Edith Windsor, plaintiff in landmark same-sex marriage case, dead at 88, lawyer says

Edith Windsor, center, accompanied by her attorney Robert Kaplan, right, is greeted by Orie Urami, left, as she arrives at the LGBT Center for a news conference, in New York, June 26, 2013.

Richard Drew/AP

Last Updated Sep 12, 2017 6:20 PM EDT

Edith Windsor, the plaintiff in the landmark Supreme Court case that struck down the Defense of Marriage Act, has died, her lawyer confirmed to The Associated Press.

She was 88.

Windsor died in New York, said her lawyer, Roberta Kaplan. The cause of death wasn't given, but Windsor had struggled with heart issues for years.

"The world lost a tiny but tough-as-nails fighter for freedom, justice and equality," said her current spouse, Judith Kasen-Windsor. They married last year. 

Former President Obama, who called to congratulate Windsor when the Supreme Court struck down DOMA, said in a statement that he had spoken to Windsor a few days ago.

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Edie Windsor (left) met Thea Spyer in the 1960s. They were together for 40 years and married in Canada in 2007.

CBS News

"The day that the Supreme Court issued its 2013 ruling in United States v. Windsor was a great day for Edie, and a great day for America — a victory for human decency, equality, freedom, and justice. And I called Edie that day to congratulate her," Mr. Obama said.

In a statement, the American Civil Liberties Union called Windsor "one of this country's great civil rights pioneers." 

"One simply cannot write the history of the gay rights movement without reserving immense credit and gratitude for Edie Windsor," ACLU executive director Anthony Romero said. "We were proud to stand with Edie when she took her fight on behalf of same-sex couples everywhere to the Supreme Court."

Windsor became a gay rights pioneer after her first spouse, Thea Spyer, died in 2009. The women had married legally in Canada in 2007 after spending more than 40 years together.

Windsor sued the federal government after Spyer's death, saying its definition of marriage as a relationship between a man and a woman prevented her from getting a marital deduction on Spyer's estate. That meant she faced a huge tax bill that heterosexual couples would not have. 

When Spyer died, she left her estate to Windsor, and the federal government said Windsor owed $363,000 in inheritance taxes because Windsor, under federal law, was not considered married.  

Windsor told CBS News' Jan Crawford in 2013 that "if Thea's name had been Theo, I would have paid no taxes."  

The U.S. Supreme Court ruled 5-4 in June 2013 that the provision in the law was unconstitutional, and that legally married same-sex couples are entitled to the same federal benefits that heterosexual couples receive.

The opinion gave the nation's legally married gay couples equal federal footing with all other married Americans and marked a key moment of encouragement for gay marriage supporters confronting the nationwide patchwork of laws that, at the time, outlawed such unions in roughly three dozen states.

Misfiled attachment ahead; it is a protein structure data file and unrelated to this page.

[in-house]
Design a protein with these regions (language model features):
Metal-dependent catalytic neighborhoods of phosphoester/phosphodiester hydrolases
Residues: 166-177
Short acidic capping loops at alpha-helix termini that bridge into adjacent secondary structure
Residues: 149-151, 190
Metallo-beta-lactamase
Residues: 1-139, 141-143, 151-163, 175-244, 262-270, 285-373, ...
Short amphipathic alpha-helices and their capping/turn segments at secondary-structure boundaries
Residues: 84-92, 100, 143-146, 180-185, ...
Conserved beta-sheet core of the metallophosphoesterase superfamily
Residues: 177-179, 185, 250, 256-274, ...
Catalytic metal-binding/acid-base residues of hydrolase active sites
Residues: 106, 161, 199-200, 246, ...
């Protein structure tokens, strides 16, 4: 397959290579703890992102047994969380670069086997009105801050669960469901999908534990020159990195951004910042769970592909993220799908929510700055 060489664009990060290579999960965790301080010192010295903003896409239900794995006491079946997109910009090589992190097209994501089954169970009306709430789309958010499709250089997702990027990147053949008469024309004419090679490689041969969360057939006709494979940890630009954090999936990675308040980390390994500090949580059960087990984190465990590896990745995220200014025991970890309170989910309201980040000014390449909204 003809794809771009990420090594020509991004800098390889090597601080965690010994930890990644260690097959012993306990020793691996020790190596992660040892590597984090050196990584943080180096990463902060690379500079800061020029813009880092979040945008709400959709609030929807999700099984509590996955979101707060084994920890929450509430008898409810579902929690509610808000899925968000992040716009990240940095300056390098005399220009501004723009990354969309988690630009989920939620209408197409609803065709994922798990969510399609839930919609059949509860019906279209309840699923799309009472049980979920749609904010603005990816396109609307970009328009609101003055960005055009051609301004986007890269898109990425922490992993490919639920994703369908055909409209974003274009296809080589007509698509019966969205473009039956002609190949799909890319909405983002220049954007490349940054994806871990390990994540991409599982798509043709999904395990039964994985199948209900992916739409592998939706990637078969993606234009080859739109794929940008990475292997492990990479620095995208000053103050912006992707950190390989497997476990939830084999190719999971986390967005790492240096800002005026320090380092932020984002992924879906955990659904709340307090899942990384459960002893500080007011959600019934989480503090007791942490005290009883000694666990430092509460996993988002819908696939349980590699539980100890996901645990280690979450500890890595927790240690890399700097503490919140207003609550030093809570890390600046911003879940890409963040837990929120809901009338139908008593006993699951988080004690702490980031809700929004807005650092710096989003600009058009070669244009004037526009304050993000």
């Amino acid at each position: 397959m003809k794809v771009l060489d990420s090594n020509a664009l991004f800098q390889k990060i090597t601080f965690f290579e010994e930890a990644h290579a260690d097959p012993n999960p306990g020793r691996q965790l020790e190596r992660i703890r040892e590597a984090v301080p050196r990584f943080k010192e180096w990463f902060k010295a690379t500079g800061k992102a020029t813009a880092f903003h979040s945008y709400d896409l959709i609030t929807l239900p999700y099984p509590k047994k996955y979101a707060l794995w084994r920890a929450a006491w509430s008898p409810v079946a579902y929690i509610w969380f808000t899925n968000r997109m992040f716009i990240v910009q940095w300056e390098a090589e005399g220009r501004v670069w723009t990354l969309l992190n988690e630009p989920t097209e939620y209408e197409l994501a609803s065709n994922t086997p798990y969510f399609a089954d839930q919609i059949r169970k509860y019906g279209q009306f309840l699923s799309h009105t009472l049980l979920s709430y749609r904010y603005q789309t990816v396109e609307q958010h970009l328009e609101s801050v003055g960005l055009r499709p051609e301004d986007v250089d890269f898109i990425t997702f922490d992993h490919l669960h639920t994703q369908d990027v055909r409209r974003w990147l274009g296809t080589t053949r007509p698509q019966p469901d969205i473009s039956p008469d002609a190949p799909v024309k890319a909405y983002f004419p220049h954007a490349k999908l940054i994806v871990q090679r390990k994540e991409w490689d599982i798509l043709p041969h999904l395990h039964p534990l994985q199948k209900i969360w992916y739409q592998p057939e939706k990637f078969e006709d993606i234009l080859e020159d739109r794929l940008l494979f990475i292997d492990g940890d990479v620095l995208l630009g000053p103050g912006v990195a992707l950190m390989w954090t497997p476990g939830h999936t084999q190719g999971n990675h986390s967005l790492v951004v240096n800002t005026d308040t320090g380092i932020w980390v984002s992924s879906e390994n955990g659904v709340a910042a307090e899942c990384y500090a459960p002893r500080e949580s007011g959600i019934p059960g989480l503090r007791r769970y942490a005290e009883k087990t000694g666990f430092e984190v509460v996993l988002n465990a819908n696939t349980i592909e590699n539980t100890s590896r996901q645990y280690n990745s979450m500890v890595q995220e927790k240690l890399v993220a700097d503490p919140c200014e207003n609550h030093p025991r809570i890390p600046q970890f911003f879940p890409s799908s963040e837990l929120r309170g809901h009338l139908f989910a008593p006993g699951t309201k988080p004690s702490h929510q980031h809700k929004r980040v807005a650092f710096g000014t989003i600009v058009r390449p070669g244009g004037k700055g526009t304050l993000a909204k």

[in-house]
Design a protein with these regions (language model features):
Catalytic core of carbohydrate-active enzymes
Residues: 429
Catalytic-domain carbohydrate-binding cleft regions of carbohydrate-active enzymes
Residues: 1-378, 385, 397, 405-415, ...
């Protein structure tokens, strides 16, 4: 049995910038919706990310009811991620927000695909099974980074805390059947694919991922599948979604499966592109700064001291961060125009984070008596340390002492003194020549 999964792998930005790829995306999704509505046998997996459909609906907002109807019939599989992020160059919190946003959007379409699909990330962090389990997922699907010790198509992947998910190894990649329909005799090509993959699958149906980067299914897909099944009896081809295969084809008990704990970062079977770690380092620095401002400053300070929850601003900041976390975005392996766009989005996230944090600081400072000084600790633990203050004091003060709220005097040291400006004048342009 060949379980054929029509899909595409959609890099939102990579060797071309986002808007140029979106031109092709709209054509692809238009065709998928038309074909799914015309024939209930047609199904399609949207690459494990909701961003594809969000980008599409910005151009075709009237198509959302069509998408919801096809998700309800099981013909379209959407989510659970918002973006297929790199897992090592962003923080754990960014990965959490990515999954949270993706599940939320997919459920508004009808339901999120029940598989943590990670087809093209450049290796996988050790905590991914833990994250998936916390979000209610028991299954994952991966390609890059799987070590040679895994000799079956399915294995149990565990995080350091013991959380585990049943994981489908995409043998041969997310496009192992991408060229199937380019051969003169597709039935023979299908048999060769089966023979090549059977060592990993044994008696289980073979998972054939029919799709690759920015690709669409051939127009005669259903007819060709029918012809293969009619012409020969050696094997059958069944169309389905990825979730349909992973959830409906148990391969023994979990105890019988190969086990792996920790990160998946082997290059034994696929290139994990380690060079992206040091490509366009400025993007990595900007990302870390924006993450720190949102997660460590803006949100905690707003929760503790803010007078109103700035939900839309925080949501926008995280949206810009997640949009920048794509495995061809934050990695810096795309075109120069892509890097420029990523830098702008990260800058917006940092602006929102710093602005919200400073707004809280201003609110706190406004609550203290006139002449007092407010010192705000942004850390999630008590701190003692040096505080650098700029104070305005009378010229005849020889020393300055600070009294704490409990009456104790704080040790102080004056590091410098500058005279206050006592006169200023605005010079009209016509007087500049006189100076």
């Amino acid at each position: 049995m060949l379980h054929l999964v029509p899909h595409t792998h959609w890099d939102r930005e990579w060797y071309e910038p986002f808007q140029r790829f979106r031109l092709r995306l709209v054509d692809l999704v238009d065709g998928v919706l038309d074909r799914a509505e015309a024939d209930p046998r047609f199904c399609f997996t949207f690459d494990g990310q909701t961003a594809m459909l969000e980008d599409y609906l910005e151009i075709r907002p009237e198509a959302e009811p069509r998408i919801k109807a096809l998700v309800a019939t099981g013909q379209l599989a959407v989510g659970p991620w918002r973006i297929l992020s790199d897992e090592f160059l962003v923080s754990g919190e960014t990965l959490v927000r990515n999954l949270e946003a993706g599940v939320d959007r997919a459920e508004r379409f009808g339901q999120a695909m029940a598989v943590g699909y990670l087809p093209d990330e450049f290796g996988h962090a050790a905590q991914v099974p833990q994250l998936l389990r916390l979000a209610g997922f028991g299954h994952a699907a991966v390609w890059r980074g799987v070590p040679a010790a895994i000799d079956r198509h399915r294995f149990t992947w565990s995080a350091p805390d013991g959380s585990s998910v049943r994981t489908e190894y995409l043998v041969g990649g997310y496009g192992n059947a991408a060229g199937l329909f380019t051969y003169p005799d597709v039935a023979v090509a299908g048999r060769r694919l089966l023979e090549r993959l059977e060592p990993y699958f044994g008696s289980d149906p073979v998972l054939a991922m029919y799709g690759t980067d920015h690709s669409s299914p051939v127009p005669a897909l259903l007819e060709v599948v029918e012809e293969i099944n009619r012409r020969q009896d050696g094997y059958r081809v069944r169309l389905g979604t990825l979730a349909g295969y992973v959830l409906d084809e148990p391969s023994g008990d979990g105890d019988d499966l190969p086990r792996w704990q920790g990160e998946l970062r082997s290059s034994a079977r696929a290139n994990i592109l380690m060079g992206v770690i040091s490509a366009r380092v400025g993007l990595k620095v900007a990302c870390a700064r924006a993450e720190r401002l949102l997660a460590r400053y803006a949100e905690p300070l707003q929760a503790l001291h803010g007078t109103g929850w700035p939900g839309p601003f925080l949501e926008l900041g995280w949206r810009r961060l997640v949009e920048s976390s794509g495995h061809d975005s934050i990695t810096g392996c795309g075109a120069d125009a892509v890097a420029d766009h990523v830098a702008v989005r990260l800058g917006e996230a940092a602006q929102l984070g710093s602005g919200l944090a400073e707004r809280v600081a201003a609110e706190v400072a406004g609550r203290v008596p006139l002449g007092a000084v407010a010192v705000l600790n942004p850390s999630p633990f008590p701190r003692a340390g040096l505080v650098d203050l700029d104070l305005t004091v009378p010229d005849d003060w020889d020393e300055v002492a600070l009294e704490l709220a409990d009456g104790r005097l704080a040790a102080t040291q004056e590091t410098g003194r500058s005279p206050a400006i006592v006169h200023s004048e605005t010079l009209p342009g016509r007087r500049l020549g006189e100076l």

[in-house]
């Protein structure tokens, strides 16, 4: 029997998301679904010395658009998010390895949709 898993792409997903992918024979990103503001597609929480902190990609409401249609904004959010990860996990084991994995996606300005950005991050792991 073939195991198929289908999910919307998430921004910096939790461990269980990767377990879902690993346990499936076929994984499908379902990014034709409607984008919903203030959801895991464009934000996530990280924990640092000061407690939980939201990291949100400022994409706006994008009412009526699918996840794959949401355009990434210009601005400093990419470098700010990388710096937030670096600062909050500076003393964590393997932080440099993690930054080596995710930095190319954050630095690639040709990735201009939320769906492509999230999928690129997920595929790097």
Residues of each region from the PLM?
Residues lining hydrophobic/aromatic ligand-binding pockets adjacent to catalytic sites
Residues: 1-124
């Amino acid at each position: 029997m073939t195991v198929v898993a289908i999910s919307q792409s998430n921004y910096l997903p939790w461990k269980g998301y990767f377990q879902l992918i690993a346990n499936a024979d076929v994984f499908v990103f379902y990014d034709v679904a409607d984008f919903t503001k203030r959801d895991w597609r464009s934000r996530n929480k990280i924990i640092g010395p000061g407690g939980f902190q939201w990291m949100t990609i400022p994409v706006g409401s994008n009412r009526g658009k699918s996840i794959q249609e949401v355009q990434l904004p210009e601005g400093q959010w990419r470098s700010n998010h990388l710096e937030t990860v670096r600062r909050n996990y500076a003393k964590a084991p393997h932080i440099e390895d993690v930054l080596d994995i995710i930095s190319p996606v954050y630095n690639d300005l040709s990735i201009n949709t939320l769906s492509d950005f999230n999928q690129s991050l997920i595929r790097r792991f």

It also affronted conservatives who hewed to defining marriage as between a man and a woman. Then-Supreme Court Justice Antonin Scalia predicted the ruling would be used to upend state restrictions on marriage and warned: "The only thing that will 'confine' the court's holding is its sense of what it can get away with." 

Ultimately, the opinion in Windsor's case became the basis for the wave of federal court rulings that struck down state marriage bans and led to a 2015 Supreme Court ruling giving same-sex couples the right to marry.

Windsor was born in Philadelphia and moved to Manhattan in the early 1950s after a brief marriage to a man that ended after she told him she was gay. She received a master's degree in mathematics from New York University in 1957 and went to work for IBM in senior technical and management positions.

Windsor met Spyer in the 1960s in Manhattan. They dated two years and then, Windsor says, made a commitment.  

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Edith Windsor, center, accompanied by her attorney Robert Kaplan, right, is greeted by Orie Urami, left, as she arrives at the LGBT Center for a news conference, in New York, June 26, 2013.

Richard Drew/AP

"I said, 'If it goes like this, I think I would like to be engaged for a year, and if that still works and feels this joyous, then I think I'd like to get married and spend the rest of my life with you,'" Windsor recalled to Crawford.

Spyer proposed marriage in 1967, according to The New York Times. They were on vacation in Italy when the Stonewall riots — a turning point for gay rights — had occurred. It was a turning point for Windsor too.

"Until then, I'd always had the feeling — and I know it's ignorant and unfair — 'I don't want to be identified with the queens,' " Ms. Windsor told NYU Alumni Magazine in 2011, according to the Times. "But from that day on, I had this incredible gratitude. They changed my life. They changed my life forever."

 The pair stayed engaged for 40 years. They held out hope they would eventually get married — especially after Spyer was diagnosed with multiple-sclerosis in 1977. In 2007, Spyer was given a year to live and they married in Canada. 

"'Marriage' is a magic word," Windsor said on the steps of City Hall at a rally for marriage equality, with Spyer at her side in her chair, according to a 2015 New Yorker profile. "Thea looks at her ring every day, and thinks of herself as a member of a special species that can love and couple 'until death do them part.'"